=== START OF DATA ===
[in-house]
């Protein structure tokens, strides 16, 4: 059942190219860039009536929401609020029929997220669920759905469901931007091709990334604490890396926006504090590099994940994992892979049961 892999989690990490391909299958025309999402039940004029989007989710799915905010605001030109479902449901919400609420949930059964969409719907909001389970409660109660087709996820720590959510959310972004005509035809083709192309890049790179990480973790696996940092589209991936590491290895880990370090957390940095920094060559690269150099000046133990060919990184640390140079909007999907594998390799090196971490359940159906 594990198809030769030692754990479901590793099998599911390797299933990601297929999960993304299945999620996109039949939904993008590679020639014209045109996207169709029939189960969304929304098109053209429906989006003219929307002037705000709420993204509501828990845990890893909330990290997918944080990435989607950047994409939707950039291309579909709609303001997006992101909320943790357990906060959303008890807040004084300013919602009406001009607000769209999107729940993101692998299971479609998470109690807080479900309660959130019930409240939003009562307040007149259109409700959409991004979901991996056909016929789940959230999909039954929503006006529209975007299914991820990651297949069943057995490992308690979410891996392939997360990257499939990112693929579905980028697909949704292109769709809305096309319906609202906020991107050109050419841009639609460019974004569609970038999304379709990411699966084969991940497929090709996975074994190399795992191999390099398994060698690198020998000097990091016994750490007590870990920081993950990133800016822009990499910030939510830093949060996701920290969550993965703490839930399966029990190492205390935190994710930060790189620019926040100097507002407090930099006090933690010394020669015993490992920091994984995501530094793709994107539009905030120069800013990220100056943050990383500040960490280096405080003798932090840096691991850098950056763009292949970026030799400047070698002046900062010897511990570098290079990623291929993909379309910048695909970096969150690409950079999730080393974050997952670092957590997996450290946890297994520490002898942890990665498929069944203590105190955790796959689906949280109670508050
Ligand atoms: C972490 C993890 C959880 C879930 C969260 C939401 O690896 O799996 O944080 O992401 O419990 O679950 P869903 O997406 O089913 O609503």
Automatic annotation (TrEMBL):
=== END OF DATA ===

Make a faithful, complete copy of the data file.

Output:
[in-house]
């Protein structure tokens, strides 16, 4: 059942190219860039009536929401609020029929997220669920759905469901931007091709990334604490890396926006504090590099994940994992892979049961 892999989690990490391909299958025309999402039940004029989007989710799915905010605001030109479902449901919400609420949930059964969409719907909001389970409660109660087709996820720590959510959310972004005509035809083709192309890049790179990480973790696996940092589209991936590491290895880990370090957390940095920094060559690269150099000046133990060919990184640390140079909007999907594998390799090196971490359940159906 594990198809030769030692754990479901590793099998599911390797299933990601297929999960993304299945999620996109039949939904993008590679020639014209045109996207169709029939189960969304929304098109053209429906989006003219929307002037705000709420993204509501828990845990890893909330990290997918944080990435989607950047994409939707950039291309579909709609303001997006992101909320943790357990906060959303008890807040004084300013919602009406001009607000769209999107729940993101692998299971479609998470109690807080479900309660959130019930409240939003009562307040007149259109409700959409991004979901991996056909016929789940959230999909039954929503006006529209975007299914991820990651297949069943057995490992308690979410891996392939997360990257499939990112693929579905980028697909949704292109769709809305096309319906609202906020991107050109050419841009639609460019974004569609970038999304379709990411699966084969991940497929090709996975074994190399795992191999390099398994060698690198020998000097990091016994750490007590870990920081993950990133800016822009990499910030939510830093949060996701920290969550993965703490839930399966029990190492205390935190994710930060790189620019926040100097507002407090930099006090933690010394020669015993490992920091994984995501530094793709994107539009905030120069800013990220100056943050990383500040960490280096405080003798932090840096691991850098950056763009292949970026030799400047070698002046900062010897511990570098290079990623291929993909379309910048695909970096969150690409950079999730080393974050997952670092957590997996450290946890297994520490002898942890990665498929069944203590105190955790796959689906949280109670508050
Ligand atoms: C972490 C993890 C959880 C879930 C969260 C939401 O690896 O799996 O944080 O992401 O419990 O679950 P869903 O997406 O089913 O609503």
Automatic annotation (TrEMBL):